Paul H. Frankel1, Vincent Chung2, Joseph Tuscano3, Tanya Siddiqi4, Jeffrey Longmate1, Susan Groshen5, Edward M. Newman2,6
We seek to reduce the duration of Phase I studies in adult and pediatric cancer studies without violating risk-limits by better accommodating the accrual and evaluation process (“queue”). The processes modeled, the Phase I Queue (IQ), includes patient inter-arrival time, screening, and dose-limiting toxicity evaluation. For our proof-of-principle, the rules of the 3+3 and Rolling 6 Phase I designs were modified to improve patient flow through the queue without exceeding the maximum risk permitted in the parent design. The resulting designs, the IQ 3+3 and IQ Rolling 6, were compared to their parent design by simulation in twelve different scenarios. We demonstrate that IQ designs can reduce the average duration of Phase I studies as compared to their parent designs without changing the risk-limits or MTD selection operating characteristics. These approaches have been successfully implemented in both hematology and solid tumor Phase I studies.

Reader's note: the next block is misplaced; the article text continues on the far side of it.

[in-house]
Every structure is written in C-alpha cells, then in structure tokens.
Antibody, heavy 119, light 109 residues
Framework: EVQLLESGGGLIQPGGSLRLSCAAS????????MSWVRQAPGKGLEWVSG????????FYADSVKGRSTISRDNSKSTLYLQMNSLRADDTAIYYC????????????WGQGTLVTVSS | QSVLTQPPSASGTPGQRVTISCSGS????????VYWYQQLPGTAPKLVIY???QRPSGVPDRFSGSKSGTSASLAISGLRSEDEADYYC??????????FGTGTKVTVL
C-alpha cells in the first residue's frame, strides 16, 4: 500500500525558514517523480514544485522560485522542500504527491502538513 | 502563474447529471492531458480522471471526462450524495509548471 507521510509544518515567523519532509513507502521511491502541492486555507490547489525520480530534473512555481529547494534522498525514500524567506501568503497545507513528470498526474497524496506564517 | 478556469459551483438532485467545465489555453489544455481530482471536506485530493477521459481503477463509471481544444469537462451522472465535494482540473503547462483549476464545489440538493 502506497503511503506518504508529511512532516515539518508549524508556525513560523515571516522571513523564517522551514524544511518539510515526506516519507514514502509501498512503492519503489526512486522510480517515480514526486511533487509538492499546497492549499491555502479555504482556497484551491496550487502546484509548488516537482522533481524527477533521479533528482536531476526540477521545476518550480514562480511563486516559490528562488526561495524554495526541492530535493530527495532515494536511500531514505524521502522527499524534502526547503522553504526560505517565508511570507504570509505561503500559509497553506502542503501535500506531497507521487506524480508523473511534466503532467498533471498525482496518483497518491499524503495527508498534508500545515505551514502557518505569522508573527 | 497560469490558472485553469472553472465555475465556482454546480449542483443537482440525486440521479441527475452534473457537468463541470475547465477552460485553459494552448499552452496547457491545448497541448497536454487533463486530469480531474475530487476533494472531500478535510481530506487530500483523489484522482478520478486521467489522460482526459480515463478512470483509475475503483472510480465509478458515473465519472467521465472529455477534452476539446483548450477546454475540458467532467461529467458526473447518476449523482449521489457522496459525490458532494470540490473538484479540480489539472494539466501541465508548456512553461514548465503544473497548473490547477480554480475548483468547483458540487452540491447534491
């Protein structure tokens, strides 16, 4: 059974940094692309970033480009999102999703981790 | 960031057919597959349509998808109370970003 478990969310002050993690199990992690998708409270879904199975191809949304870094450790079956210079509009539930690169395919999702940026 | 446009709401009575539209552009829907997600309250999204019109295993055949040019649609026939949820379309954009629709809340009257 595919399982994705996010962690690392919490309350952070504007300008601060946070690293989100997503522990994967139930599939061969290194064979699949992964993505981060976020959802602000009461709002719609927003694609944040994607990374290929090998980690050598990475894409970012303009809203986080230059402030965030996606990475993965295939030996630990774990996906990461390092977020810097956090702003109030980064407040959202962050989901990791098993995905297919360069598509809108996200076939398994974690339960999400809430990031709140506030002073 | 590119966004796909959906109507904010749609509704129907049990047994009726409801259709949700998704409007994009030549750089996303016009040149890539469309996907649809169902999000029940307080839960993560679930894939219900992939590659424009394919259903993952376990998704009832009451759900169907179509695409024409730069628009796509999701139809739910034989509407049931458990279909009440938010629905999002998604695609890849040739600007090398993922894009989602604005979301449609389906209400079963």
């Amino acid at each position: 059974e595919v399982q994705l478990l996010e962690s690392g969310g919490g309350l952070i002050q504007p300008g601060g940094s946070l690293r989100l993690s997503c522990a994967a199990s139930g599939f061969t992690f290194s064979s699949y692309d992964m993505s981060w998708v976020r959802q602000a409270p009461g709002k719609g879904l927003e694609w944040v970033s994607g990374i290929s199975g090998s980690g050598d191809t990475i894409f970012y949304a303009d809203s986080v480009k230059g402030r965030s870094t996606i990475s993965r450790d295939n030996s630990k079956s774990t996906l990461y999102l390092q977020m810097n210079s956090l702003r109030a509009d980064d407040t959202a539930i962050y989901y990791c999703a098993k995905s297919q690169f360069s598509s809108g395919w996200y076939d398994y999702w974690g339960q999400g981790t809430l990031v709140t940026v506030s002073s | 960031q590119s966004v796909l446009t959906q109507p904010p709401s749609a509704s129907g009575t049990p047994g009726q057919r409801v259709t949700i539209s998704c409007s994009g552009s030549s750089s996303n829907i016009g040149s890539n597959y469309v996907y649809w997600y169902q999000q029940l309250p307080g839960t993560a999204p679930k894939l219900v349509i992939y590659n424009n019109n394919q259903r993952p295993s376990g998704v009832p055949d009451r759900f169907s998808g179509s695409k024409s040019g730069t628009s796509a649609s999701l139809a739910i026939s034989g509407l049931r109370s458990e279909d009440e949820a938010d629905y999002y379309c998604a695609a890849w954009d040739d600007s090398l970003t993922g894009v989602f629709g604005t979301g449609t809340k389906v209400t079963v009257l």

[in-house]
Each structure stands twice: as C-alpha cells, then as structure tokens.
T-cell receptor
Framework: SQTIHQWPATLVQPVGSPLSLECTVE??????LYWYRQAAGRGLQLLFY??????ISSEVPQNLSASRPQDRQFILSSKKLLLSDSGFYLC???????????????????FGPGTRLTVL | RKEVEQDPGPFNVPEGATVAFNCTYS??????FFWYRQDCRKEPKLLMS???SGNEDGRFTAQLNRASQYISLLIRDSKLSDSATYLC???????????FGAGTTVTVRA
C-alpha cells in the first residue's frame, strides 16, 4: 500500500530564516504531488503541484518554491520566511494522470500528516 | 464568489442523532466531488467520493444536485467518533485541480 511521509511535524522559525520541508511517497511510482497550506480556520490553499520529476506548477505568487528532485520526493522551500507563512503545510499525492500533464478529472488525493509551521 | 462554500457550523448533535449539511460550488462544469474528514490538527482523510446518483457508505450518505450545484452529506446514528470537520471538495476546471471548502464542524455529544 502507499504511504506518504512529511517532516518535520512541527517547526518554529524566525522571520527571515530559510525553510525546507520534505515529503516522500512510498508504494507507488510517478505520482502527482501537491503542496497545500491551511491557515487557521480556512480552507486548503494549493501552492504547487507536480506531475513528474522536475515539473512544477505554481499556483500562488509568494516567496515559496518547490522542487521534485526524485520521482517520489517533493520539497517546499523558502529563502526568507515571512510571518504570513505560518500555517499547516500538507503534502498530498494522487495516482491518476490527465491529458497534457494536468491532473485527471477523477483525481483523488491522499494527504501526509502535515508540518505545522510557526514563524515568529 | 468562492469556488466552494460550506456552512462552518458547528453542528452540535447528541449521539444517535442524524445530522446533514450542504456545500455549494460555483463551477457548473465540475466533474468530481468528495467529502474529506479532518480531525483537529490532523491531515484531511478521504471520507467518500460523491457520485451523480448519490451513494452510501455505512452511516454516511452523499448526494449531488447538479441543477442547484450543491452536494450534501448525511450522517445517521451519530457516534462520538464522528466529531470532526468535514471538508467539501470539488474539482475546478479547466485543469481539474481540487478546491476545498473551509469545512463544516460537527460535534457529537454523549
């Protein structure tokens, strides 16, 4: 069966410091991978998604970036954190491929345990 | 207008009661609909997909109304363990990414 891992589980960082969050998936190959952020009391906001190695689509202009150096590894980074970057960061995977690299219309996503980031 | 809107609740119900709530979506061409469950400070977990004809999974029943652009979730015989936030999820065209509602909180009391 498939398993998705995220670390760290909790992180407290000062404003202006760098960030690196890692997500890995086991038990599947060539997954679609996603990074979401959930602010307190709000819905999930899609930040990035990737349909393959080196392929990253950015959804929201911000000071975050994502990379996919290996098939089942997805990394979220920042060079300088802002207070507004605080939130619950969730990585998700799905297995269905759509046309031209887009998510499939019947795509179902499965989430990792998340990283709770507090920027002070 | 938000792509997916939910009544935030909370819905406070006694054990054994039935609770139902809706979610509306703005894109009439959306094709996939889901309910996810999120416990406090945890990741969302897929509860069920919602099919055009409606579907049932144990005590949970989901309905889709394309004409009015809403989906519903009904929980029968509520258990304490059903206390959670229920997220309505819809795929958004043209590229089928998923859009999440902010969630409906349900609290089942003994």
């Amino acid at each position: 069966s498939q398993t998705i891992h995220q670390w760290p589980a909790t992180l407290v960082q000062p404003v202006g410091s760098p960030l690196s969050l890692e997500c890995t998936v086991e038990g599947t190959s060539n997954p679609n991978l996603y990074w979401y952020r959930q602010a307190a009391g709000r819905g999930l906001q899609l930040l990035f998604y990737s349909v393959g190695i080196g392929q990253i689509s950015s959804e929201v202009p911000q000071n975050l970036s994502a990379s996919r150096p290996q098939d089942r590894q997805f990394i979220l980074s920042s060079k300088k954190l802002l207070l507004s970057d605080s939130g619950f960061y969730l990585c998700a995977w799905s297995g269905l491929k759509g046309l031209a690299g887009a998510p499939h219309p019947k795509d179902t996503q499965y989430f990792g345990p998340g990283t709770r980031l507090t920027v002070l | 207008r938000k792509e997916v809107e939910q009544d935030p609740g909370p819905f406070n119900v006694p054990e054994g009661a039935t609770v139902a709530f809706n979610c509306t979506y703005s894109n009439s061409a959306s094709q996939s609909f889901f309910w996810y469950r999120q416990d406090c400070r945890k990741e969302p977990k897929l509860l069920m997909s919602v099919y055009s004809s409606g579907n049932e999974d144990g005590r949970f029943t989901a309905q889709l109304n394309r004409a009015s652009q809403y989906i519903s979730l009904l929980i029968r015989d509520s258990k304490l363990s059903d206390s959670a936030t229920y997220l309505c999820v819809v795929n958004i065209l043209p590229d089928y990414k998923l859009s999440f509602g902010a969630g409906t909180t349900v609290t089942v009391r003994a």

1Division of Biostatistics, City of Hope, 2Department of Medical Oncology, City of Hope, 3Hematology/Oncology, University of California at Davis, 4Hematology and Hematopoietic Cell Transplantation, City of Hope, 5Biostatistics Core, University of Southern California/Norris Cancer Center, 6Division of Molecular Pharmacology/Developmental Cancer Therapeutics Program, City of Hope, Duarte, CA, USA.